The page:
When you leave, do you have any story ideas in mind or do you decide once on the spot?
— I like to go with open eyes, to be curious and attentive. I do not limit myself to go here or there to do a particular story. If I have an idea, it is not set in stone. For example, when I went to Japan, attracted by their architecture, I also found unexpected Shinto temples. I have topics in mind, but in this context, I make sure to have a lot of openings. That is what pushed me into photography: freedom. And I am aware that I have been spoiled with it. What I experienced can no longer be lived in the same spirit of availability and independence. Everything has become more complicated, more expensive, smaller, narrower, standardised.
In thirty years of travel, you have published thirty books. How important is this part of your business?
— My first books were contracts. The first one was “Les Mystères de Shwedagon“ [The mysteries of Shwedagon], based on a text by Dominique Lapierre, ordered by Editions Robert Laffont under the responsibility of Pierre-Marie Amat. Then there was “La Thaïlande des bonzes“ [The Monks of Thailand], “L’Inde des Jaïns” [The Jains of Indi] a and the whole series of “Majestueux” albums [Majestic Indonesia, Thailand, South Africa, Greek Islands, Brazil, Florida, Caribbean, Mexico, etc..] ordered by Atlas Editions with, at their head, Bernard Canetti. I then worked for publishers like Hachette, Flammarion, Arthaud, Chêne, Bayard… and finally, La Martinière. Most of my books have been translated into English, Italian, German, Spanish and Japanese and many have been far more successful abroad than in France, like Safari [edt. Flammarion] in the United States. The little book “A Hauteur d’Hommes“ [Human Faces], released in 2006, was a great success in France and abroad. It was followed by several exhibitions in Paris, the first at the Chapel of Louvre, and at the UNESCO House, Refectory of Cordelier and most recently at the Grand Gallery Descartes and the wonderful Museum of Medicine. I also exposed across France [Le Mans, Blois, Massy, Avignon, Saint Valery, etc.]. And under the artistic direction of Frederick Coudreau, I represented France at the first art festival in Doha. My collaboration with the geneticist Axel Kahn around “L’Homme Pluriel” [The Plural Man] and “Les Âges de la Vie” [The Ages of Life] allowed me to meet the art historian and art curator Yvan Brohard thanks to whom I will present my photos in Venice during the next Biannual in June 2013, before exhibiting at Villa Finaly, Florence, this summer. More exhibitions in Lausanne, Osaka and Istanbul are under discussion.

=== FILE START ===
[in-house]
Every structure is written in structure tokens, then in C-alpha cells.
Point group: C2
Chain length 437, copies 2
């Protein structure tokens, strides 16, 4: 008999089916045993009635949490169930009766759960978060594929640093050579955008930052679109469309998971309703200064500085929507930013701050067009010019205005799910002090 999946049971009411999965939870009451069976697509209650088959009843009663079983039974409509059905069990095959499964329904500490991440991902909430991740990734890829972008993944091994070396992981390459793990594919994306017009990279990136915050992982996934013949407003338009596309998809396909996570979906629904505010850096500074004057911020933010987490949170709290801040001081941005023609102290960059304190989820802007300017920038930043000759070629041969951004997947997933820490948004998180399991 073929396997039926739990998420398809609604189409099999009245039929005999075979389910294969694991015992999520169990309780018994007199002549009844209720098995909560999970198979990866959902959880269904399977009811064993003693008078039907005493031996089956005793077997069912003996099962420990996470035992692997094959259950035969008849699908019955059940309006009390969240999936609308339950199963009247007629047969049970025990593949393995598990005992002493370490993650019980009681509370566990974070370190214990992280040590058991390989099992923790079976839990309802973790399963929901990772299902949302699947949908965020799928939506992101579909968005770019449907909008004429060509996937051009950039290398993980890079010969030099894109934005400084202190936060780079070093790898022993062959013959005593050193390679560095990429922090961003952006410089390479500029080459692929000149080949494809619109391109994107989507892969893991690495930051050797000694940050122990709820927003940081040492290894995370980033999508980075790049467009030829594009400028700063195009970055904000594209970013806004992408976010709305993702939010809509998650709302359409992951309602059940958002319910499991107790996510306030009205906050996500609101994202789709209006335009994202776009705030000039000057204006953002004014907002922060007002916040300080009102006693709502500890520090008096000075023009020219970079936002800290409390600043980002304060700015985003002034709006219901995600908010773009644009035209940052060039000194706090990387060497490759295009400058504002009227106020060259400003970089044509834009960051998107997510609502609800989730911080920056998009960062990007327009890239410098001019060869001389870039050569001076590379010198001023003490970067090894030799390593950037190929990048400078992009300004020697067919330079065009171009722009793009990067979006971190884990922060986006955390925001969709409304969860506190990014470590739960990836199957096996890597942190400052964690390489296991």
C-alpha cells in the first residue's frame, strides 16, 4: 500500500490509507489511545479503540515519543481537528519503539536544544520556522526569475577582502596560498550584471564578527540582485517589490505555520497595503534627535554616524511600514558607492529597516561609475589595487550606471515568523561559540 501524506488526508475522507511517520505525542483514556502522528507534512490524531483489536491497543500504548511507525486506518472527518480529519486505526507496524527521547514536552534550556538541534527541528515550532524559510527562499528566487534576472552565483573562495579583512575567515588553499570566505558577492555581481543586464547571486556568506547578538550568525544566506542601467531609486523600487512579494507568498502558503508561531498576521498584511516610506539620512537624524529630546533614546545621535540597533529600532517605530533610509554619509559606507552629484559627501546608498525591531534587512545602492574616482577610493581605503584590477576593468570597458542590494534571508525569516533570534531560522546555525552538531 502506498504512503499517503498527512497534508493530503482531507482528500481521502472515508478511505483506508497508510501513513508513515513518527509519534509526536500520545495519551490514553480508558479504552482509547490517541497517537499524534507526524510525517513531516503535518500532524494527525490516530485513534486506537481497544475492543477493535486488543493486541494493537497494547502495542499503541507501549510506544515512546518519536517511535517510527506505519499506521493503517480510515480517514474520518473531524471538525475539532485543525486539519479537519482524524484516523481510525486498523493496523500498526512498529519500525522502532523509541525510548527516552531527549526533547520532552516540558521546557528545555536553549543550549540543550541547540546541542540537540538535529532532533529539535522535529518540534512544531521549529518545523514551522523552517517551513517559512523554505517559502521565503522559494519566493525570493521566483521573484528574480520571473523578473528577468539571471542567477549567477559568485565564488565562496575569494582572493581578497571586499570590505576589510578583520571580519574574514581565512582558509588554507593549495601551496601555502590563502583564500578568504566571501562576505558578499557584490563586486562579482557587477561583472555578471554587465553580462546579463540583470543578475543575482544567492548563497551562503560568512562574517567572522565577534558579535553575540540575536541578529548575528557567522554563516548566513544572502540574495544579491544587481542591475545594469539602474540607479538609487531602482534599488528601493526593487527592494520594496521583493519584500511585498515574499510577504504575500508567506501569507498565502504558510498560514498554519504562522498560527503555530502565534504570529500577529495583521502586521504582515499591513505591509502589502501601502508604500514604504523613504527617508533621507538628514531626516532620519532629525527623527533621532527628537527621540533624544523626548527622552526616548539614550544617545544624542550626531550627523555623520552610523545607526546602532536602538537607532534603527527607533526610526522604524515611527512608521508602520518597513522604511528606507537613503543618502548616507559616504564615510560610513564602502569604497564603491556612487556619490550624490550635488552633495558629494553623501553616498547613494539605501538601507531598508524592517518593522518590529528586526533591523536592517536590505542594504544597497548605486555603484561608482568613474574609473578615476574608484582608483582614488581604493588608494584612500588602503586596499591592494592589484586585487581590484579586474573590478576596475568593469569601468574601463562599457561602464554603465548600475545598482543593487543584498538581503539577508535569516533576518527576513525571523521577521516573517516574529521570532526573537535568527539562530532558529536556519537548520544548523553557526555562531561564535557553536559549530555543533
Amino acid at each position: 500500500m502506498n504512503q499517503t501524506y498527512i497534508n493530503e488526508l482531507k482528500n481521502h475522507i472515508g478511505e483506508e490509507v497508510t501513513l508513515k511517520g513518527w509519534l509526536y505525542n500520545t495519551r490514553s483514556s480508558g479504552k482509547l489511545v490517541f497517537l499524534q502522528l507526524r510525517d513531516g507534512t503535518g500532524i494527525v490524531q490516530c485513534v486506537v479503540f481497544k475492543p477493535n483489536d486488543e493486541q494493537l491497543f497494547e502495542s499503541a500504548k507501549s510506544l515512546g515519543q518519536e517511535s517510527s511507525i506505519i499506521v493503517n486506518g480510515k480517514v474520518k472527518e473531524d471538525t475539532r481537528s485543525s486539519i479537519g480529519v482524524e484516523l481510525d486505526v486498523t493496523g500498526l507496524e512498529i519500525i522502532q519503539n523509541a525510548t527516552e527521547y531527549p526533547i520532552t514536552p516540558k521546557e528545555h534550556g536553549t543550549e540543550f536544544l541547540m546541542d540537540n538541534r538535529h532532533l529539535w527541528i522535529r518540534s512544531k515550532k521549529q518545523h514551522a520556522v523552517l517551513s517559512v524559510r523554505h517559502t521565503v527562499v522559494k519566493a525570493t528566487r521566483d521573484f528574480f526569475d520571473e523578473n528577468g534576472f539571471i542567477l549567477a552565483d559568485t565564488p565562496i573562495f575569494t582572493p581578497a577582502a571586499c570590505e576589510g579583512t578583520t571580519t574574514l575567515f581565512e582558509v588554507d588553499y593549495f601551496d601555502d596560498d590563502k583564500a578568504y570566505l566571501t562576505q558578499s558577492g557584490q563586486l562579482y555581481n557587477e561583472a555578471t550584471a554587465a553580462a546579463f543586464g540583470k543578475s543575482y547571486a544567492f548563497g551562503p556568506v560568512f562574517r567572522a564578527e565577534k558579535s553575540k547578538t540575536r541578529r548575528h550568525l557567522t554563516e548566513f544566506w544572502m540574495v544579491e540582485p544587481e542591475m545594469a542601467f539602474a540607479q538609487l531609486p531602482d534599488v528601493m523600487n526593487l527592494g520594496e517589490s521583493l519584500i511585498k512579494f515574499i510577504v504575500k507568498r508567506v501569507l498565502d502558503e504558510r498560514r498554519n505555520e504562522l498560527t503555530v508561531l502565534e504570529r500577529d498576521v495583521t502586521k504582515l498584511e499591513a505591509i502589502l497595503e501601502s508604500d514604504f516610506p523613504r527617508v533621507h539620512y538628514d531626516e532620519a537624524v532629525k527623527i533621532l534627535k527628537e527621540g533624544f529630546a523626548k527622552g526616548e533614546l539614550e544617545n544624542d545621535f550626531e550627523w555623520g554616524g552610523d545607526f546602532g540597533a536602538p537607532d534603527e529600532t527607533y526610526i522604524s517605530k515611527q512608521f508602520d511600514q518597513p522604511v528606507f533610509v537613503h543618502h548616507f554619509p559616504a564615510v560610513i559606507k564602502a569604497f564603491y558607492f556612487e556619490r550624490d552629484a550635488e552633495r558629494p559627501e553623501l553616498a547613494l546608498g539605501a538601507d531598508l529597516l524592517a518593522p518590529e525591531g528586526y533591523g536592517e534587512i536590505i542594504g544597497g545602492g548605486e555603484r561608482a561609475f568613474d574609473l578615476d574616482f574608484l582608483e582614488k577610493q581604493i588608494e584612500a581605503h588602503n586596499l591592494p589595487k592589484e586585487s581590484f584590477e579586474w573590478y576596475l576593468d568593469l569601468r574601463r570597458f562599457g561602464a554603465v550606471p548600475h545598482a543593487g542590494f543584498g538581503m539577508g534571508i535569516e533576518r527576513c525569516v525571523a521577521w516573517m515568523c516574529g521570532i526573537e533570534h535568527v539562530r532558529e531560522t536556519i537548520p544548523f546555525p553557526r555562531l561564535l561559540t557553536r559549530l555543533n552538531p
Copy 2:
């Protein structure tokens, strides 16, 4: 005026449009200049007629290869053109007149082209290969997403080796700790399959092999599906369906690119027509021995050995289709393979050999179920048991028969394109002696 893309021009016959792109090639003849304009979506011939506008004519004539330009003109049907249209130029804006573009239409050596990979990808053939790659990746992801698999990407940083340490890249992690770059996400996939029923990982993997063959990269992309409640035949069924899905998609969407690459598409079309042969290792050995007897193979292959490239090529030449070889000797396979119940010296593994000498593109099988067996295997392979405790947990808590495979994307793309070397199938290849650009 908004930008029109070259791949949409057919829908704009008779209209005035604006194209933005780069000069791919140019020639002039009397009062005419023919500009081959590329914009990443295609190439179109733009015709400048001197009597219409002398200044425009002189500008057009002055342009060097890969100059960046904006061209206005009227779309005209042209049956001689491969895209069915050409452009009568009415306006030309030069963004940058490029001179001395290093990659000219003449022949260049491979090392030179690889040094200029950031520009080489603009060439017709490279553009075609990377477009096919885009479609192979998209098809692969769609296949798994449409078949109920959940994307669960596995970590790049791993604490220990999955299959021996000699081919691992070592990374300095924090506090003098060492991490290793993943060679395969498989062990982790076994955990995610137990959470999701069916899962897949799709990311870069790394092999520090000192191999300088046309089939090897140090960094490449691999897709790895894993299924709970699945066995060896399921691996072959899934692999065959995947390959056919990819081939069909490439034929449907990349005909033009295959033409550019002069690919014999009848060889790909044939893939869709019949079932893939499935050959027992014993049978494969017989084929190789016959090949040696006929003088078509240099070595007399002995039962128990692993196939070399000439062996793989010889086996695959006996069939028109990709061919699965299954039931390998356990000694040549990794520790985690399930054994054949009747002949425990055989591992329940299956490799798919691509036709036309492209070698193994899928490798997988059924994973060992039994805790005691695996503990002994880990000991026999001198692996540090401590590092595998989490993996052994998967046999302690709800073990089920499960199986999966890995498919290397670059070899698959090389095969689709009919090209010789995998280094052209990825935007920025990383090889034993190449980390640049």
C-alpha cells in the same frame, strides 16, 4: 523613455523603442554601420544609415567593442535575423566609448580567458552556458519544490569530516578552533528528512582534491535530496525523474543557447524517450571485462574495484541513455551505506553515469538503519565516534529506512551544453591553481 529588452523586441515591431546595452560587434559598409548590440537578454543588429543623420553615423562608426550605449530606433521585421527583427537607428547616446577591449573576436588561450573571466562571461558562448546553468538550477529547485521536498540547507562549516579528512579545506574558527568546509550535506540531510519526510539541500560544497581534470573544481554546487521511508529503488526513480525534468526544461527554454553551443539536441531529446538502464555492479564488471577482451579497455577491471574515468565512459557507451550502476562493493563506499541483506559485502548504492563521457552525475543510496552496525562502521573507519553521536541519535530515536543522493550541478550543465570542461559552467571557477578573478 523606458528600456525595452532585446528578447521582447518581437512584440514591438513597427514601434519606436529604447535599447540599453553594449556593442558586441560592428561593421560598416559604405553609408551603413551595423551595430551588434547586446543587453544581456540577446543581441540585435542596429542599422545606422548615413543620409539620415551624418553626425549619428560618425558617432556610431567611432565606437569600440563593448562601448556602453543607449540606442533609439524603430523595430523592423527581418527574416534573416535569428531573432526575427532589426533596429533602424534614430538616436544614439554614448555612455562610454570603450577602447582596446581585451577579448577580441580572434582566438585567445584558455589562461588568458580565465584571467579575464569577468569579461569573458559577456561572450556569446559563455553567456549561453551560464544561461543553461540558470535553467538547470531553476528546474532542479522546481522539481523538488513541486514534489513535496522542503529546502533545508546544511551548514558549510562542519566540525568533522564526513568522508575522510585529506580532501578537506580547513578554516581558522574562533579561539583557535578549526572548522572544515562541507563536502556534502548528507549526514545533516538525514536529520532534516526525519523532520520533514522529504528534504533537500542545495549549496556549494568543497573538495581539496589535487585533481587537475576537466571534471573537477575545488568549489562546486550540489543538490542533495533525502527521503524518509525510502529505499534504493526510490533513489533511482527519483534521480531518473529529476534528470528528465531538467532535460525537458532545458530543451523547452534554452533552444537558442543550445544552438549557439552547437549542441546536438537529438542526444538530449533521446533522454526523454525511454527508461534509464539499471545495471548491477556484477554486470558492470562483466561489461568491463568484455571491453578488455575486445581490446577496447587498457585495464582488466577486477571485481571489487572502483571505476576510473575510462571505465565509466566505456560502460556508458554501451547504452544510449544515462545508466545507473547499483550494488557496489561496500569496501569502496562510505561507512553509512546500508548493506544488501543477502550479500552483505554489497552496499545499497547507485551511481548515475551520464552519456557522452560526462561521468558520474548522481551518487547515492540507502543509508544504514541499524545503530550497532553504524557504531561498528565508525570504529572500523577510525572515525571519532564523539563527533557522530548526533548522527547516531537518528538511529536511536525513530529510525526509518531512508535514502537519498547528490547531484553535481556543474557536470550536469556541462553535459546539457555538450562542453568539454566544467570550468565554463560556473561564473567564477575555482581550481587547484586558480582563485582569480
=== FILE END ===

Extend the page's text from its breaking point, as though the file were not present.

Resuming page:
How did you approach the transition to digital?
— With distrust! Not because of having to learn new tools, but because of the philosophy or rather the lack of it that it has brought with it. Anyone can now take decent pictures and in addition touch them up with a computer! It’s not rocket science! Everything is easier. So easy that virtually no one is able to make a qualitative judgment on your work. We are entering the era of demographic imperialism and popular demagoguery.